A woman dying of cancer is brought into the emergency room of a hospital. When nurses attempt to get a blood sample, toxic fumes escape from the women's blood. Within minutes, each of the nurses that handled the blood sample and attempted to identify the strange odor coming from it began to complain of being lightheaded and to lose consciousness. Some found when they awoke that they had no control over the movement of their limbs. Twenty-three members of the emergency room staff were found to suffer at least one symptom from being in contact with the ill patient. Investigators have spent years trying to figure out the exact cause of the poisonous gasses emanating from the woman, with mixed results. A deadly combination of chemicals is said to have been accidentally created, the result of various medications and topical ointments used by the patient to treat various symptoms of cancer.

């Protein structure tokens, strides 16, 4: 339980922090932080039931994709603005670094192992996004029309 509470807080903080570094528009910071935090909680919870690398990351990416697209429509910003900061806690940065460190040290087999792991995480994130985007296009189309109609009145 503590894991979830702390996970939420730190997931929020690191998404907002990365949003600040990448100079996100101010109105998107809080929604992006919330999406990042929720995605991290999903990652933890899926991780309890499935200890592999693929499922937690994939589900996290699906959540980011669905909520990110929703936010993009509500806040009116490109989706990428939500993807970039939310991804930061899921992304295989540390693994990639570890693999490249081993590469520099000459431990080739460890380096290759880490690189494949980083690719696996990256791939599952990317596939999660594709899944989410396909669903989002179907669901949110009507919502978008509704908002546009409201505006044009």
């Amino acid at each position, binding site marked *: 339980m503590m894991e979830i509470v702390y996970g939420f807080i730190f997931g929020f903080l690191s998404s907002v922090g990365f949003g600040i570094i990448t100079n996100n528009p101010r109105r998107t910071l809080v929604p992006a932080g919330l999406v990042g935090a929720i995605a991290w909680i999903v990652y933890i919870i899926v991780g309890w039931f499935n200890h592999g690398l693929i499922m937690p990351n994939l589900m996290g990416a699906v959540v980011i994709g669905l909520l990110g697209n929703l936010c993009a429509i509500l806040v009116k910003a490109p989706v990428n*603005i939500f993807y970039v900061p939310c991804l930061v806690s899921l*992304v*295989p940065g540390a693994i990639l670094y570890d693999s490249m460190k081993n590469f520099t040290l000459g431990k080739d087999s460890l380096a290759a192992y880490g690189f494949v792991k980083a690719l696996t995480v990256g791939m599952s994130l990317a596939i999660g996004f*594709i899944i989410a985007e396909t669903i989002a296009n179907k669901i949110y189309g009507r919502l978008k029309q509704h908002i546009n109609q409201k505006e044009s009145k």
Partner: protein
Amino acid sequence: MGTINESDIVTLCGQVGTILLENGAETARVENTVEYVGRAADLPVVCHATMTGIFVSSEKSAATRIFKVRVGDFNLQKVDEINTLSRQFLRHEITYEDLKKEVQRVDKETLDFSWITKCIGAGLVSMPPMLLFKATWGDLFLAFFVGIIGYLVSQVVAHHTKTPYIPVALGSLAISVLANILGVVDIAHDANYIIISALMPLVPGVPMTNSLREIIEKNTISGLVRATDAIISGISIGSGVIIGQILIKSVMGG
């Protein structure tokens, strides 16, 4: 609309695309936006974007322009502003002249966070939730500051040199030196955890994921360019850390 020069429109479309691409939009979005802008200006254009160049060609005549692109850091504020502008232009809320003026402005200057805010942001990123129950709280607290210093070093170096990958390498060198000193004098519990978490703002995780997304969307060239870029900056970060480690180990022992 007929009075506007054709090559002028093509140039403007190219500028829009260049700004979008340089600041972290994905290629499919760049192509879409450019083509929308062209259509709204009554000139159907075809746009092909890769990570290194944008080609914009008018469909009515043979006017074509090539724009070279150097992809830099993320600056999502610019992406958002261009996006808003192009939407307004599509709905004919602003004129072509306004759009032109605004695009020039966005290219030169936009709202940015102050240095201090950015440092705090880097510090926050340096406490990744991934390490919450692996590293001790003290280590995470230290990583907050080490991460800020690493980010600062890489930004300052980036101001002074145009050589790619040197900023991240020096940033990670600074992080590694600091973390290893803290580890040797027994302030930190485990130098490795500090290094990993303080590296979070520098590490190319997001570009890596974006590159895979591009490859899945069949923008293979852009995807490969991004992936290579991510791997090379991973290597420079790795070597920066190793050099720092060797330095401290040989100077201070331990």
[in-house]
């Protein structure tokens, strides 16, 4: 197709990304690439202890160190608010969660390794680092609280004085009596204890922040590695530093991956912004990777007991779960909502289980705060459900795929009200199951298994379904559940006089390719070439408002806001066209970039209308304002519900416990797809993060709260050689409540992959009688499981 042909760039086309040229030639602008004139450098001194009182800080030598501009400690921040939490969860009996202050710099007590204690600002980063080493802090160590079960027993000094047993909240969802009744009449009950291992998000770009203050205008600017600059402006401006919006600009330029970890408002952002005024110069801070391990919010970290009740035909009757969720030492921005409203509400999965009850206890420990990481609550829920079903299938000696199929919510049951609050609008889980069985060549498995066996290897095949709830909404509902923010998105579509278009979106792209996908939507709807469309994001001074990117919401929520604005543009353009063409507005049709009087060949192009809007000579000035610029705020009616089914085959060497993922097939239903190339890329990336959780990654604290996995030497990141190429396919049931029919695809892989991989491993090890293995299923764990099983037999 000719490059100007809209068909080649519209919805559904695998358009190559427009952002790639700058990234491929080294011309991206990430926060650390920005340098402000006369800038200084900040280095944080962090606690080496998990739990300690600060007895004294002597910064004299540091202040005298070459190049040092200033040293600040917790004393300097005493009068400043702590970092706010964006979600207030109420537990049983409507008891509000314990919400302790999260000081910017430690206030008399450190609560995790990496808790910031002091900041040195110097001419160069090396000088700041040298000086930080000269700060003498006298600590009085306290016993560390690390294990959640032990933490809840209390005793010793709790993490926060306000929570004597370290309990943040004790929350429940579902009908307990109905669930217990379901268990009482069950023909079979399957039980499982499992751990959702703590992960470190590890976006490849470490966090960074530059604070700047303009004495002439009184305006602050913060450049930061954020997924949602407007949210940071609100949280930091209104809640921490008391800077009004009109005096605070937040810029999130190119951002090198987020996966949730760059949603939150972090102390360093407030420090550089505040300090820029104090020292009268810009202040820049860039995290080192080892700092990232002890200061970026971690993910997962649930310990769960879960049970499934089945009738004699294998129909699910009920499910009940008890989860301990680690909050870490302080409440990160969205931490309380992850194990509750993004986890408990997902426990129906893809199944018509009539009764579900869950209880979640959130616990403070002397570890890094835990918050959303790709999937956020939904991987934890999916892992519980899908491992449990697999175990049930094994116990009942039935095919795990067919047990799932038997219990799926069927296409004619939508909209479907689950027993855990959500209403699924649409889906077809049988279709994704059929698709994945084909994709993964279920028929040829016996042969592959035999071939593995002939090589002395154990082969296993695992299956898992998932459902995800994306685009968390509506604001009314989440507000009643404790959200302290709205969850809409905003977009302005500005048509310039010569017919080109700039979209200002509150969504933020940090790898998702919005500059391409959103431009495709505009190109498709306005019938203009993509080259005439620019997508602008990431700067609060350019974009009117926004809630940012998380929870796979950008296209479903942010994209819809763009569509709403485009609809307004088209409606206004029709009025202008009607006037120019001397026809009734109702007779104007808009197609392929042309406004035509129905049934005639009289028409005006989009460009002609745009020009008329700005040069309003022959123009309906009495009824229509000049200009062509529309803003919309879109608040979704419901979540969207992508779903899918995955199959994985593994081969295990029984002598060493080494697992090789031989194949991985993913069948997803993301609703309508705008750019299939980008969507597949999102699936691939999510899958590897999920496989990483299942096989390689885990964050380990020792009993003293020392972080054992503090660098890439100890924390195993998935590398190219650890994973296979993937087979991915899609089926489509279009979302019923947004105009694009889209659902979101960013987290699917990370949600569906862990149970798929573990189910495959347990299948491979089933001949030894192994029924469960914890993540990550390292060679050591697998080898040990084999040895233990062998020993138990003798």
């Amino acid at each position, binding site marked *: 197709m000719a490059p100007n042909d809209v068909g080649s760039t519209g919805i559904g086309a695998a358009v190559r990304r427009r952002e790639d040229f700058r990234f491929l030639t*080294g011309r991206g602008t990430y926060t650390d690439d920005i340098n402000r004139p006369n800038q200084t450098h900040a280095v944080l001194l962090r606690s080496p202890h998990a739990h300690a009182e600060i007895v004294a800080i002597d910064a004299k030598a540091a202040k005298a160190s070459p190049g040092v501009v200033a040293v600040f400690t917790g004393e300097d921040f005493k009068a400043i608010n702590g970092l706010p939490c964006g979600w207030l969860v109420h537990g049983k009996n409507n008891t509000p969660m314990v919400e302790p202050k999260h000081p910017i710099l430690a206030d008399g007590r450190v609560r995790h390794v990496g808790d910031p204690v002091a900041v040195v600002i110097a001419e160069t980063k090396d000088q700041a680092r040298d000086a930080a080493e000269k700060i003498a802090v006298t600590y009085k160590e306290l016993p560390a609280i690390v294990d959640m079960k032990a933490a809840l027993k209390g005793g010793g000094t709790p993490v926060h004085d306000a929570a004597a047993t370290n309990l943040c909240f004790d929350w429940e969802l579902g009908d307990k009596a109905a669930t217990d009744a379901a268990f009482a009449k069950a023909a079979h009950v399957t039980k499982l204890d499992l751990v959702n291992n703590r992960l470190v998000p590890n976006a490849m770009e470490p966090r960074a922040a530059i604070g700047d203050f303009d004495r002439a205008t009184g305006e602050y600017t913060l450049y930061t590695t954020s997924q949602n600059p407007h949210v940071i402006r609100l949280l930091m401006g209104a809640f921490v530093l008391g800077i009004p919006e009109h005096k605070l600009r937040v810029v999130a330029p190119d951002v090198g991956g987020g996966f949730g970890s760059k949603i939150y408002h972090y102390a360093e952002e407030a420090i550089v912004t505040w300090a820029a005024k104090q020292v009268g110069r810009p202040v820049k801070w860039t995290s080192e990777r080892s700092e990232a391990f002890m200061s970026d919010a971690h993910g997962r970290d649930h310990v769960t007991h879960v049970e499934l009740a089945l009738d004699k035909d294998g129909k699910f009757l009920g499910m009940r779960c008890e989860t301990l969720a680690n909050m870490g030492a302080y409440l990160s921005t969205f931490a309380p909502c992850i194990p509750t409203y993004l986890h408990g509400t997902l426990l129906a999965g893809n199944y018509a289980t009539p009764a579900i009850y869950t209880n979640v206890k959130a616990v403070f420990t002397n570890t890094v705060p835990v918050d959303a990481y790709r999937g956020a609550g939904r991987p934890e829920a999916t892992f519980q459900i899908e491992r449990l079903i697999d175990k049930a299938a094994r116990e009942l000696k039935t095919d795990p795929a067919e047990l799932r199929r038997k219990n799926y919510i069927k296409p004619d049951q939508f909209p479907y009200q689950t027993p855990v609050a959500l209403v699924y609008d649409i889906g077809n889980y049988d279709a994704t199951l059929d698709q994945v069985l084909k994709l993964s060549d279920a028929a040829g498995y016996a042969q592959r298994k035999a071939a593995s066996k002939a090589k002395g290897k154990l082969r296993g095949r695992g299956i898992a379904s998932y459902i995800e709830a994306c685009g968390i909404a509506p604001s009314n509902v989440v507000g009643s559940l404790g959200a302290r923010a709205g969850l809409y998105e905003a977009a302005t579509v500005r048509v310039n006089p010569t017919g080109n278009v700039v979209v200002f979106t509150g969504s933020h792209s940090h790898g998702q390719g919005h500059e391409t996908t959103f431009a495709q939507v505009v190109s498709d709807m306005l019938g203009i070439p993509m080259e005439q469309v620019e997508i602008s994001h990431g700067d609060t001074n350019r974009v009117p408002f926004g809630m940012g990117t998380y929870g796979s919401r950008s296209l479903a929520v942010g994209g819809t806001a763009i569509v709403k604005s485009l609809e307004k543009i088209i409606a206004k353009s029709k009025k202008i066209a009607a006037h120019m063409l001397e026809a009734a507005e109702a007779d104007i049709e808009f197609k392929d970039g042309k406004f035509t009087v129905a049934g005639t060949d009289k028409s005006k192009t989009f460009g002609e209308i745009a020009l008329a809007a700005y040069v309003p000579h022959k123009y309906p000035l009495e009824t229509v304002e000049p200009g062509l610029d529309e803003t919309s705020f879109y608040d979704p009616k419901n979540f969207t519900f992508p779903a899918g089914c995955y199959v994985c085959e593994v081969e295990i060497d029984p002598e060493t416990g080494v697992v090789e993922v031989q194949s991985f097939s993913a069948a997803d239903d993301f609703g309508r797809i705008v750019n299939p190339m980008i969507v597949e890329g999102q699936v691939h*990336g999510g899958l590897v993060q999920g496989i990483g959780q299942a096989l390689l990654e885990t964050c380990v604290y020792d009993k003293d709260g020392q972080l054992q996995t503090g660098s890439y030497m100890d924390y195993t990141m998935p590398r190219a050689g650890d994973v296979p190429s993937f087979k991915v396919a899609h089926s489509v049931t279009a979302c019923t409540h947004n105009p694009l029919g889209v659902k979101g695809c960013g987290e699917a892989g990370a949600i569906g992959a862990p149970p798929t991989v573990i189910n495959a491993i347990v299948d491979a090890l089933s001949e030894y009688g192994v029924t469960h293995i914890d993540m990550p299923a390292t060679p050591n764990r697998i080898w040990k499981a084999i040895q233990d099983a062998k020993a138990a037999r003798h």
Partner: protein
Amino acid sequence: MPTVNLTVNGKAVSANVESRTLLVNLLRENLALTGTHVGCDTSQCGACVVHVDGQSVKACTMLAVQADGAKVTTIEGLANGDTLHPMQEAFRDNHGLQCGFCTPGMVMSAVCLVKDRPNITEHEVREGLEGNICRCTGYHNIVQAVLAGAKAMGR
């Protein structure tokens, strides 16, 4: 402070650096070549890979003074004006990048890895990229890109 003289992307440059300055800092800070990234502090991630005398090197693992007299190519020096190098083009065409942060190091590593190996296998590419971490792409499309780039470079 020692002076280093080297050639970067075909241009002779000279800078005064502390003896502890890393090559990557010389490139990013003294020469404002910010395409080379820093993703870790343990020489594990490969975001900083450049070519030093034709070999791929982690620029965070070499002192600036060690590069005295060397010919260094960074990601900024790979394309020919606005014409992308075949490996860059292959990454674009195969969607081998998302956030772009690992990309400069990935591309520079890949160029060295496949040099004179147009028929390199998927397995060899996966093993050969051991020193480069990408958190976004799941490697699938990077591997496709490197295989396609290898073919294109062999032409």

Urban Legend Status: Terrifying and True
This took place on February 19th, 1994 when 31-year-old Gloria Ramirez was admitted to the General Hospital in the southern California city of Riverside.
Creepy Body in a Carpet Legend
Three students discovered a rolled and discarded carpet on the sidewalk while returning to their dorms one day. They decided to bring it home with them to help decorate their shared space. When they reached the dorm, they unrolled the carpet to discover a murder victim concealed inside.
Urban Legend Status: Creepy and True
Three Columbia University students did discover a dead body in a carpet in 1984.
Scary and True Tales of Terror
True urban legends can be found in most major newspapers in every country of the world. The fact that such strange and scary things happen to people so often is probably a very good reason why most people believe urban legends, even when they aren't true. As these stories are retold and spread from person to person, they often pick up different nuances and plot lines. Though the details may change along the way, the basis for all of these stories can be traced to facts.